Three Procter & Gamble subsidiaries have been ordered to repay INR 24.15 billion ($32.6 million) they made by allegedly profiting from India’s goods and services tax (GST).
India’s NAA found that Procter & Gamble Home Products (PGHP), Procter & Gamble Hygiene and Healthcare (PGHH) and Gillette India Limited (GIL) had not passed on tax reduction benefits to end consumers as required by the GST laws.
According to the NAA’s November 23 decision, PGHP owes INR 1.8 billion, PGHH will have to pay back INR 20 million, while GIL has a bill of almost INR 580 million. The companies will also have to reduce the prices of their products.
However, the companies have reportedly denied any wrongdoing and are reviewing their legal options. A possible lengthy tax dispute could be on the horizon in India for another multinational group.
Pressure grows on US participation in digital tax talks
France is now re-imposing its digital services tax (DST) on US companies after a suspension. It may put pressure on President-elect Joe Biden to participate in international talks on taxing the digital economy when he takes office in January, or alternatively raise tariff sanctions. The US pulled out of OECD negotiations earlier this year, delaying progress.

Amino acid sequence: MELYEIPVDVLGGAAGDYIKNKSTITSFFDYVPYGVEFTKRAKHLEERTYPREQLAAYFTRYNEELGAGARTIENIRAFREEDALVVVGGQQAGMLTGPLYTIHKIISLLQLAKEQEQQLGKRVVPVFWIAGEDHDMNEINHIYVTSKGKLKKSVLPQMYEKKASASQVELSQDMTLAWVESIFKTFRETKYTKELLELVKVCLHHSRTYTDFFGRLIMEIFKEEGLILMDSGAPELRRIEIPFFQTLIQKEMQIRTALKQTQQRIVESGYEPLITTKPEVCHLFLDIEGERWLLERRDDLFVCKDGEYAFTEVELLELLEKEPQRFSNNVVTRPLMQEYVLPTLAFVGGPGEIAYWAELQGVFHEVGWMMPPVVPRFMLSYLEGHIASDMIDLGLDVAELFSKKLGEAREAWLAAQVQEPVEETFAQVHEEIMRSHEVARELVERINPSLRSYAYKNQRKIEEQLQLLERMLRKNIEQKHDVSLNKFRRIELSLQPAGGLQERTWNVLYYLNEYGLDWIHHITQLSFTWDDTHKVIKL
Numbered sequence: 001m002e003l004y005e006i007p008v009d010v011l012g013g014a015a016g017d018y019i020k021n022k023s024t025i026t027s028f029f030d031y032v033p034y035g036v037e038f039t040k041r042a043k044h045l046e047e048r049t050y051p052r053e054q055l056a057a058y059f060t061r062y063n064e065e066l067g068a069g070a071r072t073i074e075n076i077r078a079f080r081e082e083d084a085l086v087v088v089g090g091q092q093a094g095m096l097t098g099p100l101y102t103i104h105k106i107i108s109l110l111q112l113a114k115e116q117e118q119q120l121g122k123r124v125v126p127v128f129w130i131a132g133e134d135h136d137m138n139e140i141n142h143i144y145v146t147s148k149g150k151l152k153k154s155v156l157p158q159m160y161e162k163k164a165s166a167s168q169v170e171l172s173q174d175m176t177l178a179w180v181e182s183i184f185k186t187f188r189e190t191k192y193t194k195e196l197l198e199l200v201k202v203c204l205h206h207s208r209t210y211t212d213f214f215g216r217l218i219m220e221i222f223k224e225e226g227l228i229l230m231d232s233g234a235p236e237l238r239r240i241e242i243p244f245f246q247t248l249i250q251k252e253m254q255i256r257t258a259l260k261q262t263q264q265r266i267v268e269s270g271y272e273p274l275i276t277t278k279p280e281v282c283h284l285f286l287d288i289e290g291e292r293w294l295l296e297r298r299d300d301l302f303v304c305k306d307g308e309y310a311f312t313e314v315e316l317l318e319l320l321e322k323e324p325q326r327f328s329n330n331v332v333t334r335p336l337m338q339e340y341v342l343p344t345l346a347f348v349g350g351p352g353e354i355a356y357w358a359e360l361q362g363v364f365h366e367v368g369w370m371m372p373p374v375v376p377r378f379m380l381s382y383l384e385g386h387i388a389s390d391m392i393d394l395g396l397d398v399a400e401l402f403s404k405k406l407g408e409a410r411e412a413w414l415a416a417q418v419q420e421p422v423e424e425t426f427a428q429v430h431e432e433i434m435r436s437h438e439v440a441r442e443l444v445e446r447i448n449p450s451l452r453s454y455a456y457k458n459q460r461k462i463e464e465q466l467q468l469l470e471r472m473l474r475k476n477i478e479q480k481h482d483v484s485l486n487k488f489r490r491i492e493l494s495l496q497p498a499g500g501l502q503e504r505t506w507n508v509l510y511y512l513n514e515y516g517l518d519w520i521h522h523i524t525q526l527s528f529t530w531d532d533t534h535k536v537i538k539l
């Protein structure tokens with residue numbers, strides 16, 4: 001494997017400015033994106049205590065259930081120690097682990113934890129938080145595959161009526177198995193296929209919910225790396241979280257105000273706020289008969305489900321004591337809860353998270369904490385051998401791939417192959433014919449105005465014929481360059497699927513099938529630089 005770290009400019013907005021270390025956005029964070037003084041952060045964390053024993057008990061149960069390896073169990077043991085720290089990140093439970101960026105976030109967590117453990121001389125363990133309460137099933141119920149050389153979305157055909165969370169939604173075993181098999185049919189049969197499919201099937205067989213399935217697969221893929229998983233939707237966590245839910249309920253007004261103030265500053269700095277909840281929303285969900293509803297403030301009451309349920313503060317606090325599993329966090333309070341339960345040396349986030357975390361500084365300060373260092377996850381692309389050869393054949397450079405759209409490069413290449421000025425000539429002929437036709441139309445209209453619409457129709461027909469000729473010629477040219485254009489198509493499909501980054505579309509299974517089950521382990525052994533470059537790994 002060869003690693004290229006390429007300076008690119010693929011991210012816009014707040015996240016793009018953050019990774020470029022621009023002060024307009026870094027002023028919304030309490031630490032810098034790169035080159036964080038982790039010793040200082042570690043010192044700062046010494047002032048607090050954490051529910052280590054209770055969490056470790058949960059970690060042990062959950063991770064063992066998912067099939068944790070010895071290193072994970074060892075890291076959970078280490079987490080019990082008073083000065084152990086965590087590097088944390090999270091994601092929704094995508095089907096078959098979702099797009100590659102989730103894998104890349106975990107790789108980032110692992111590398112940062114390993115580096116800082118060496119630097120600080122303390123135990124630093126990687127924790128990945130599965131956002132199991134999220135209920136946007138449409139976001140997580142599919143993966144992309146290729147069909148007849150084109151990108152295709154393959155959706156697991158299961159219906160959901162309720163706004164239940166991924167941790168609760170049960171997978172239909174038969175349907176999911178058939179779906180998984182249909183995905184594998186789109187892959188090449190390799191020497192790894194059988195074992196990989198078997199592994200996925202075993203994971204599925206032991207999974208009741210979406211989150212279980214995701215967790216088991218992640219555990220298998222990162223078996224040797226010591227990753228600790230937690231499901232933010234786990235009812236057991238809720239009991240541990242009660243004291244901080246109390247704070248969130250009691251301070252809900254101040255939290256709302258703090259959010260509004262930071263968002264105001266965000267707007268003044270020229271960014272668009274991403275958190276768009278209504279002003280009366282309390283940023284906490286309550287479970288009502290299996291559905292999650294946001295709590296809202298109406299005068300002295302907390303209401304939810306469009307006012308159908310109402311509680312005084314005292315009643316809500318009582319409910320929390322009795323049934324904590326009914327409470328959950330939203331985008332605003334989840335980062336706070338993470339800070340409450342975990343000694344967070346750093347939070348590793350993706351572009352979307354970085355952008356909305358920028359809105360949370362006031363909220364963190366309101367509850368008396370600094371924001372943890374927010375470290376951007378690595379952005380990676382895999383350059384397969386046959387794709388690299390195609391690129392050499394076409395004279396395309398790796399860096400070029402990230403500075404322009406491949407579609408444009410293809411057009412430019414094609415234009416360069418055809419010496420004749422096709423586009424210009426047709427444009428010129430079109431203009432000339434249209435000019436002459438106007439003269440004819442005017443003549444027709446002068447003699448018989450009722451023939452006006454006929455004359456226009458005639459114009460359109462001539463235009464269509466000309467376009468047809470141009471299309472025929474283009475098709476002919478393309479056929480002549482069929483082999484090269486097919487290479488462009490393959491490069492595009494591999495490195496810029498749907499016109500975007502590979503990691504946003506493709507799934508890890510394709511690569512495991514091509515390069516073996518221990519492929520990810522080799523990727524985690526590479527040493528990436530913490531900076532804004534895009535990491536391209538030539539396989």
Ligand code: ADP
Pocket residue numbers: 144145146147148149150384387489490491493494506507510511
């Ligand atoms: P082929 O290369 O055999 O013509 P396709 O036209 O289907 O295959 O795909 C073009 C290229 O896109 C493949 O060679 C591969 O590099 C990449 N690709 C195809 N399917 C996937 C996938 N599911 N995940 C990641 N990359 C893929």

Companies including Amazon and Facebook have received tax bills for the 3% rate charged on the sales of digital companies generated in France. The demand is likely to reignite the trade dispute between the two countries, which has included the introduction of high tariffs.
Trade tensions could also be heightened in Asia as Australia, India, Japan and the US increase their strategic cooperation through the Quadrilateral Security Dialogue (Quad), potentially raising trade tensions with China in the Indo-Pacific region.
Nevertheless, US participation is important in the OECD talks. Following the G20 Summit in Riyadh, Saudi Arabia, the G20 leaders welcomed on November 21 the reports on the pillar one and pillar two blueprints released by the OECD and called on the participating nations to reach an agreement by mid-2021. No agreement in 2021 could expand the number of unilateral measures countries introduce to maximise tax revenues.
In anticipation of more DSTs, taxpayers are choosing to work with tax authorities to ease the compliance burden and help policymakers understand unique digital business models.